Georgios Papandreou was the social-democratic Prime Minister of Greece for the PASOK party from 2009-2011. By caving in to German Prime Minister Angela "Frau Fritz" Merkel's demands for destructive austerity policies in response to the Greek debt crisis, Papandreou put his party on the fast track to non-existence. PASOK is a junior member of the current conservative-led Greek government. But polls show it now polling around the 5% range. The Syriza coalition has emerged as the main left party now, and polls are showing it as having the largest support of any party at the moment.
So, for putting his country under Frau Fritz' economic jackboot and ruining his own political party, he now gets to appear as statesman-at-large.
He provides a vapid statement of why it would be nice if the eurozone and the European Union The Politics of Fear 11/29/2012:
Like ghosts from the past, we see political violence, xenophobia, migrants being scapegoated and extreme nationalism creeping into our public debates -- even into our parliaments. This is a Europe diverging from its founding principles. Principles that rendered nationalistic hatreds an anathema.
But it is these politics of fear that seem to have incapacitated Europe. A Europe seemingly incapable of ending this crisis, a fractious Europe. This has undermined a sense of trust between us and in our European institutions. This climate does not inspire confidence either in our citizens or the markets. Nor will our retreat into a renationalization of Europe be the solution.
My recent experience in dealing with the financial crisis in Greece and in Europe has confirmed my belief that this is a political crisis more than a financial one.
I am convinced that, with the political will, we could have avoided much pain, squelched market fears and stabilized the euro, while at the same time reformed ailing, unsustainable economies such as ours in Greece.
Despite media hype to the contrary, it is the Greek people who first and foremost have wanted this change.
There's additional blather about "real, necessary reform and fiscal responsibility."
But it's all more than a bit disgusting from a leader who was democratically elected to represent the people of Greece and tossed his responsibilities onto the funeral pyre of a destructive neoliberal notion of "Europe." And thereby contributed mightily to the likely disintegration of the EU, both its neoliberal reality and the democratic hope that remains.
The poll, which appears in the weekly magazine Epikaira, gives conservative New Democracy 26.5 percent of the popular vote, and Syriza 31.5 percent. It also confirms the oft-predicted rise of the far-right Golden Dawn party to third place with 12.5 percent.
Beyond these three, the field is flat, with a clutch of four small parties claiming between five and 6.5 percent. This is important for three reasons. First, it sinks New Democracy's main coalition partner, the socialist Pasok, to the order of five percent, even lower than its lowest ever election showing of 12 percent last June, and indistinguishable from the likes of other small fry. Pasok had already been cast down from the ranks of potential ruling parties; now it is also on death row. This now should mean that both Pasok and the third coalition partner, the Democratic Left, ought to be more deeply invested in the ruling coalition, for the wilderness awaits them after a Syriza victory ...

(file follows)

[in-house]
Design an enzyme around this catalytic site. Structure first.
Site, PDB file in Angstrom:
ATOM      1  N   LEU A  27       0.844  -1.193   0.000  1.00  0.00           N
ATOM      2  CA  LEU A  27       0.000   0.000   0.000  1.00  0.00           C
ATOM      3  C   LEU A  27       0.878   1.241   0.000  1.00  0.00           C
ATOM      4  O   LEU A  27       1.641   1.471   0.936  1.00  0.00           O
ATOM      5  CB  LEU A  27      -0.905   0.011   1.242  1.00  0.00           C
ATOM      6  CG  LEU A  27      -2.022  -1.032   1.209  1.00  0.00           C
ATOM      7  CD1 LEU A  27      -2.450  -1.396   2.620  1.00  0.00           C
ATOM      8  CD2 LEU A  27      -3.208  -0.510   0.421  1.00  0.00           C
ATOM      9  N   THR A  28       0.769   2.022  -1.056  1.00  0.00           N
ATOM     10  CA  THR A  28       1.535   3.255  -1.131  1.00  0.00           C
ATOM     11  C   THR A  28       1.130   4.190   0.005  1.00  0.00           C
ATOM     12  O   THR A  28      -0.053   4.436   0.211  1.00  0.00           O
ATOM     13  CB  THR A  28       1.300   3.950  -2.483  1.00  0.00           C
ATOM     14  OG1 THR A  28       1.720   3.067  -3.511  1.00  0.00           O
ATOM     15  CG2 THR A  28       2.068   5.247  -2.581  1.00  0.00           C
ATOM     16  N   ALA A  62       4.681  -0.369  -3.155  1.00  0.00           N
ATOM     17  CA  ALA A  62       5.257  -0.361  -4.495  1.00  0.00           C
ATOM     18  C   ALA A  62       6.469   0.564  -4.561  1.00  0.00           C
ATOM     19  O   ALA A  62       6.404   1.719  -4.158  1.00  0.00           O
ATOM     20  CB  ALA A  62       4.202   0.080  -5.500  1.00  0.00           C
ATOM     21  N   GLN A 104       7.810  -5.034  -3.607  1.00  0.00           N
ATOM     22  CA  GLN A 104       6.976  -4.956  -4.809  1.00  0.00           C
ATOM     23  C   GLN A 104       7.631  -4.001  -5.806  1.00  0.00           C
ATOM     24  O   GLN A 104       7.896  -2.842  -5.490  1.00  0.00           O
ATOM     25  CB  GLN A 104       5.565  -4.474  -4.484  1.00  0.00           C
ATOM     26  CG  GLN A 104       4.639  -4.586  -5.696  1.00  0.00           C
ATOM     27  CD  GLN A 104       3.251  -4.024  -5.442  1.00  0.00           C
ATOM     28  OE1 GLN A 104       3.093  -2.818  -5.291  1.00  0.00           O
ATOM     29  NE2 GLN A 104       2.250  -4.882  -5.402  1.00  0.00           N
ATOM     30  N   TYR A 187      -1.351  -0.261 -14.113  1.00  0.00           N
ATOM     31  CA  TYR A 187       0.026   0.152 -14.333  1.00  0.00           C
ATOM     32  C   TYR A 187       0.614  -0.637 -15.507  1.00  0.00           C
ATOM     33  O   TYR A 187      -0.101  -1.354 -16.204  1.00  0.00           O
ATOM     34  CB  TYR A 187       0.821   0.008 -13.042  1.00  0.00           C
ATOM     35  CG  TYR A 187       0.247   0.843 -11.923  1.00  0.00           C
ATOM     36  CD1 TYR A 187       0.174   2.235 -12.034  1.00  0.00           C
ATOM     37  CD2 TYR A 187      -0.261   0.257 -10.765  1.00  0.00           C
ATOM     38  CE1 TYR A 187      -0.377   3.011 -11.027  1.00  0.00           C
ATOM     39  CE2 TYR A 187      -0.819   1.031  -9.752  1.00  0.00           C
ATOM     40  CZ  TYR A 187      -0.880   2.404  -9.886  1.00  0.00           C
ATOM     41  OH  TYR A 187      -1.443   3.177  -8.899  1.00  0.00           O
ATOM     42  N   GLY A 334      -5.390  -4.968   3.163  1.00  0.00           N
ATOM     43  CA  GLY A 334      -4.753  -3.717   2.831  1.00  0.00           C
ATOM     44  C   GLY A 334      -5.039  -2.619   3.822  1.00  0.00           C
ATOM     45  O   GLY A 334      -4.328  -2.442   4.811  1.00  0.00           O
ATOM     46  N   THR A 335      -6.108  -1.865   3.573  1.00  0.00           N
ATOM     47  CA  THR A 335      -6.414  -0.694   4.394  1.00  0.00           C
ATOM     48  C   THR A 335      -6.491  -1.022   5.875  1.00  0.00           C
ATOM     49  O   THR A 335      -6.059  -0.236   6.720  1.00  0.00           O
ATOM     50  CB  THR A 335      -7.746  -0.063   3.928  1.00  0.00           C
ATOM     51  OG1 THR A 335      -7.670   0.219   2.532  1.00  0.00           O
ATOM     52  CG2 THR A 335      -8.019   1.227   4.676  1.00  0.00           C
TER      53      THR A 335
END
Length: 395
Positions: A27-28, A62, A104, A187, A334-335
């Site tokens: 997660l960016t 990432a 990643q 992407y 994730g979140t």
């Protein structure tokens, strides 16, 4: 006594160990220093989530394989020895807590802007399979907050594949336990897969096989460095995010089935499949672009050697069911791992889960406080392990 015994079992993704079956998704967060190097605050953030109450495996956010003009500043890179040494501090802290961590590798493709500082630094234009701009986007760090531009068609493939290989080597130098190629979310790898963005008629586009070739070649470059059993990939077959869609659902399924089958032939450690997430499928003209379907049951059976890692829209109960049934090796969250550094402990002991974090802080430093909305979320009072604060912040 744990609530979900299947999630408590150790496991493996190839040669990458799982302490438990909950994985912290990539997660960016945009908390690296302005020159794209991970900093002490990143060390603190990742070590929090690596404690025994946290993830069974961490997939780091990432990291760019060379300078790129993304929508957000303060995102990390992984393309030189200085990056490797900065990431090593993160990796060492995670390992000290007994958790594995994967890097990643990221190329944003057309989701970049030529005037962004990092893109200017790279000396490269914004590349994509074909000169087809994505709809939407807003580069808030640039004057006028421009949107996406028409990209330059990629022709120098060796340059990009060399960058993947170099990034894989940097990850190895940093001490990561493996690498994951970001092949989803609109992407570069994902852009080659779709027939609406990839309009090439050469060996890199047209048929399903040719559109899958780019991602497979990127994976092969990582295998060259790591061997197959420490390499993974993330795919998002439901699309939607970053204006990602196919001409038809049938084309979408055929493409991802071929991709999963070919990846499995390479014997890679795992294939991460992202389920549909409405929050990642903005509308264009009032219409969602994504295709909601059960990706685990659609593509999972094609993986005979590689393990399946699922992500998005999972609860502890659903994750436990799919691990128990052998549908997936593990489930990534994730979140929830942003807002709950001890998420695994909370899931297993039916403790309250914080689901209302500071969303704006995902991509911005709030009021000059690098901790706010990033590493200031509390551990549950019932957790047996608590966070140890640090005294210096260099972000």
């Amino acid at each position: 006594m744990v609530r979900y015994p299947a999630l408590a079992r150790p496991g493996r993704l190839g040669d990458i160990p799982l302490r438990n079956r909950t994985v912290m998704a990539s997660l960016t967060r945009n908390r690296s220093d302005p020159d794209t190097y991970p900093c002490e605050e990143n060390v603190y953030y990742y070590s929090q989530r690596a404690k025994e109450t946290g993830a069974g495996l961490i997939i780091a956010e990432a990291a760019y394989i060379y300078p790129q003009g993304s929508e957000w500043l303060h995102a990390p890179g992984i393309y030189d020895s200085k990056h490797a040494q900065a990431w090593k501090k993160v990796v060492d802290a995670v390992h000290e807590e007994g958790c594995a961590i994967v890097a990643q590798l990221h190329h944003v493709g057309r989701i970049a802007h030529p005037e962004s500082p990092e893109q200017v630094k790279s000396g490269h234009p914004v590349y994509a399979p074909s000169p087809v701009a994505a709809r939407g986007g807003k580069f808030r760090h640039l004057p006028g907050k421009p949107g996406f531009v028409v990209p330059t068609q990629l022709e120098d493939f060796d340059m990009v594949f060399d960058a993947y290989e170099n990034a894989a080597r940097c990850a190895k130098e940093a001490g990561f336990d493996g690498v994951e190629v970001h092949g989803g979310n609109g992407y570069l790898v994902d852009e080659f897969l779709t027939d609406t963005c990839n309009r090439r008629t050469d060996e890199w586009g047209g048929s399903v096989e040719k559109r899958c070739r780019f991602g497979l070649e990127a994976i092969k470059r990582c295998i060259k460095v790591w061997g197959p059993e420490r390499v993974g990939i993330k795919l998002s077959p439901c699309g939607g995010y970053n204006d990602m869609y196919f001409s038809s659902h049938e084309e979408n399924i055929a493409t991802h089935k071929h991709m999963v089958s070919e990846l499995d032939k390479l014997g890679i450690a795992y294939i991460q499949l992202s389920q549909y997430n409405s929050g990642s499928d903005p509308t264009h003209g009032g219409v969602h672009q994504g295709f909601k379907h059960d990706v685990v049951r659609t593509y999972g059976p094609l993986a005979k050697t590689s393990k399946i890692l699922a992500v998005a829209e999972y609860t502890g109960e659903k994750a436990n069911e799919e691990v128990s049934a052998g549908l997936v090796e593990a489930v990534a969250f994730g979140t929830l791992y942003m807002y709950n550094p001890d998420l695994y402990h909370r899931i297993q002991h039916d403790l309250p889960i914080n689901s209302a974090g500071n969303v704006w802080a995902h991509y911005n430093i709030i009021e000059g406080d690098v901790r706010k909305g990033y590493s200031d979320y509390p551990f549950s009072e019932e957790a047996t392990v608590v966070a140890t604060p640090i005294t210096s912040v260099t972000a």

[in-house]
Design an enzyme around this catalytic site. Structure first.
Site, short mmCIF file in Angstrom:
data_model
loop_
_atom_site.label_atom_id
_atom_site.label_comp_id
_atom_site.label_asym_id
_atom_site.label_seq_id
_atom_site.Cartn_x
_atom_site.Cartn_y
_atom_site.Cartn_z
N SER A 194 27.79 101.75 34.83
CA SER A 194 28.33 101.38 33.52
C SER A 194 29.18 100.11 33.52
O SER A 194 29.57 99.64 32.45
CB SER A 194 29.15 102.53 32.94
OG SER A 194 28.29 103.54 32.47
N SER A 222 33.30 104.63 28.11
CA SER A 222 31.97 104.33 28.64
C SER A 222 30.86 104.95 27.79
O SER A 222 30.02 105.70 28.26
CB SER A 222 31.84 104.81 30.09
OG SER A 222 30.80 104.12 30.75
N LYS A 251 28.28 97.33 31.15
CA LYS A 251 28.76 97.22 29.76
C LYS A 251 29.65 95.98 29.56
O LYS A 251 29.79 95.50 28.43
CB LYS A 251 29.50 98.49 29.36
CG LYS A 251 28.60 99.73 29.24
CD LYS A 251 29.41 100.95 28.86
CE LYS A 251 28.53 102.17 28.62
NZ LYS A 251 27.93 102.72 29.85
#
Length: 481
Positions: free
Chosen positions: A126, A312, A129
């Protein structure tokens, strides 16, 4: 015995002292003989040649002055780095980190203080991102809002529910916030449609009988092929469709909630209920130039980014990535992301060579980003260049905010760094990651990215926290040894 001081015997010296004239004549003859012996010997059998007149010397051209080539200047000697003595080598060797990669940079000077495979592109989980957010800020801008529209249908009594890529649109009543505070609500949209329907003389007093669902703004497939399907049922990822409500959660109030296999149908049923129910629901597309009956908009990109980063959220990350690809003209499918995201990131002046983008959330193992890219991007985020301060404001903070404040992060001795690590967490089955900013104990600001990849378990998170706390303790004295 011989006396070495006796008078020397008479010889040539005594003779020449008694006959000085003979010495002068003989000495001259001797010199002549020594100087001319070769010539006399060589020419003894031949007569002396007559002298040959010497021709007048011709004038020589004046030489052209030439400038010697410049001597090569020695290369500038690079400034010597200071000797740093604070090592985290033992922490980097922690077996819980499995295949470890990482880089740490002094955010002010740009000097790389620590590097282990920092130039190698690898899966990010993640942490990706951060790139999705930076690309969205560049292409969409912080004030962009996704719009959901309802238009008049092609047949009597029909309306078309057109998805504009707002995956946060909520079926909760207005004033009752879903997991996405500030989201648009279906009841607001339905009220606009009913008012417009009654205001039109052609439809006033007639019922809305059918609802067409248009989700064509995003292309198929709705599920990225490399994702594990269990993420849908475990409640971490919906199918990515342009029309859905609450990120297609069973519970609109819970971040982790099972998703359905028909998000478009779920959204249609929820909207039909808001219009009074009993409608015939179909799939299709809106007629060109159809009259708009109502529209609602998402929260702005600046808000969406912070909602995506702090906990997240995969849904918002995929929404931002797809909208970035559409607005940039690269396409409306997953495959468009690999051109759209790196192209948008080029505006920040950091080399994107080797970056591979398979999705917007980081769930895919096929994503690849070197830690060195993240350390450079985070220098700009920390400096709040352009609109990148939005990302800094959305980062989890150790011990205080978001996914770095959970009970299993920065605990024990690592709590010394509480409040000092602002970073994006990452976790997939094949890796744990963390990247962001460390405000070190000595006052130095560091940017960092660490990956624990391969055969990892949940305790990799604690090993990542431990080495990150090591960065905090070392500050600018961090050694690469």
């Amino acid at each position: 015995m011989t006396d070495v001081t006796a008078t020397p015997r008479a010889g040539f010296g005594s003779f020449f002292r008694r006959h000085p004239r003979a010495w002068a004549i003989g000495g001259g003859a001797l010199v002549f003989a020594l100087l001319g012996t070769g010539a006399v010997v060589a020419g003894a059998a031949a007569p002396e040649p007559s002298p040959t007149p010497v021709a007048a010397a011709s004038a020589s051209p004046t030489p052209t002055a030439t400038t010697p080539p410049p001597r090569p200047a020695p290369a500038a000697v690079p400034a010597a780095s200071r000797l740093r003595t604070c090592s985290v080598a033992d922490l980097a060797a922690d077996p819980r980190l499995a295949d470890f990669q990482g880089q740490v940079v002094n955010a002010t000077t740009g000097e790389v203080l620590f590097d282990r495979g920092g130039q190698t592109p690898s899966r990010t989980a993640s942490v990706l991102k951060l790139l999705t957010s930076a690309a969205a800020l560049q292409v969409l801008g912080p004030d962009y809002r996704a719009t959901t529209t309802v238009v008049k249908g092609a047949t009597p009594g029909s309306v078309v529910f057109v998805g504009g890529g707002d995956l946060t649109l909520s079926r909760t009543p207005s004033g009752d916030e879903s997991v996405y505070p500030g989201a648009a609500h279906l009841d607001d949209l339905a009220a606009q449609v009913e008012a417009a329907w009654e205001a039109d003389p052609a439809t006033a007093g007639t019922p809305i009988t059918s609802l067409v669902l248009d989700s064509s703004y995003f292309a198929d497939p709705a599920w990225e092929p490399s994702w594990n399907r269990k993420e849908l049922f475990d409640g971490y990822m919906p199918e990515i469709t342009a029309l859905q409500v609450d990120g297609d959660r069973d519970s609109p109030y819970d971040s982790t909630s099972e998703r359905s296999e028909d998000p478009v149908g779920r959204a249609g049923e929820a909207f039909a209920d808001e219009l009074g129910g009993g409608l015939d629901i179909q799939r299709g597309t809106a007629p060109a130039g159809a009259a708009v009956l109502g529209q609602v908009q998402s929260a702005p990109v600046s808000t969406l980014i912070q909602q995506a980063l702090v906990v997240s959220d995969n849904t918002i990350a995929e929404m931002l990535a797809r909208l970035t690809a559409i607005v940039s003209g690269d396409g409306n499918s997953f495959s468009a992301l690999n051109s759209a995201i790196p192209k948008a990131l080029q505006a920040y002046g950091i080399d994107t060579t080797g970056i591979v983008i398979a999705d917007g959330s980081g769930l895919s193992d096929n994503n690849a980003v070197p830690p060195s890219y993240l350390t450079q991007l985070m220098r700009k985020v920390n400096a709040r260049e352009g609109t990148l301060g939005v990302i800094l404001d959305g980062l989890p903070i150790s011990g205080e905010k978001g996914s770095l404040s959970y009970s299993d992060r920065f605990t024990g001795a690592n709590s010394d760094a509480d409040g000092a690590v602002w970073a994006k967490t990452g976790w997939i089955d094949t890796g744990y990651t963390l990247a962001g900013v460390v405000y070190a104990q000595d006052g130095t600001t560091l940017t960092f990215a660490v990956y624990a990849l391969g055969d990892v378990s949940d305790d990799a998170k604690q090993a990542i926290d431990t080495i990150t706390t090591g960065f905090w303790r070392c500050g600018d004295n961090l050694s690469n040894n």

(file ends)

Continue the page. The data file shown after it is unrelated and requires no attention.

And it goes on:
Second, the poll implies that, unless something radical happens, the next parliament will also have seven parties, making it almost impossible for one of the two big players to secure single-party rule. New Democracy has picked its friends. Syriza has taken a step towards doing so. In a press conference two weeks ago its leader, Alexis Tsipras, opened the door a crack to a possible collaboration with the anti-austerity Independent Greeks. The party's main obsessions since it entered parliament in May have been charging the Germans reparations for illegal wartime loans, drilling for mineral resources and hauling off socialist and conservative politicians to the gallows for bringing the country to this pass. The two parties may come from opposite sides of the ideological divide, but they are both reactionary and possibly vindictive.
Syriza leader Alexis Tsipras was pointing this week to the leadership failures of Papandreou and his PASOK party, as Andy Dabilis reports in SYRIZA Bid for Greek Bailout Probe NixedGreek Reporter 11/30/2012:
To no surprise, a request by the major opposition Coalition of the Radical Left (SYRIZA) to investigate the decisions that led to Greece seeking bailouts from international lenders was easily defeated in the Parliament controlled by the ruling coalition government.
The three ruling parties, the New Democracy Conservatives of Prime Minister Antonis Samaras, the PASOK Socialists and Democratic Left [the three governing parties] all voted against the proposal, which got only 119 votes in the 300-member body. Before the June elections, New Democracy and the Democratic Left said it would support the investigation but reversed themselves. ...
SYRIZA wanted to know how the government in 2010, then led by former PASOK head George Papandreou, came to ask the IMF initially for aid after the prime minister said repeatedly that there was plenty of money to run the country. The leftists had wanted former Finance Minister Giorgos Papaconstantinou and Papandreou to be questioned. SYRIZA leader Alexis Tsipras lambasted the government for refusing an inquiry.
“It may be the case that those responsible will not sit in court, but they will sit – some are already sitting – in the margins of history,” said Tsipras, who accused the coalition of maintaining an "omerta," or code of silence, on the issue. Earlier the rapporteur for the proposal, SYRIZA’s Yiannis Dragasakis, had described the coalition as being the product of a "business relationship."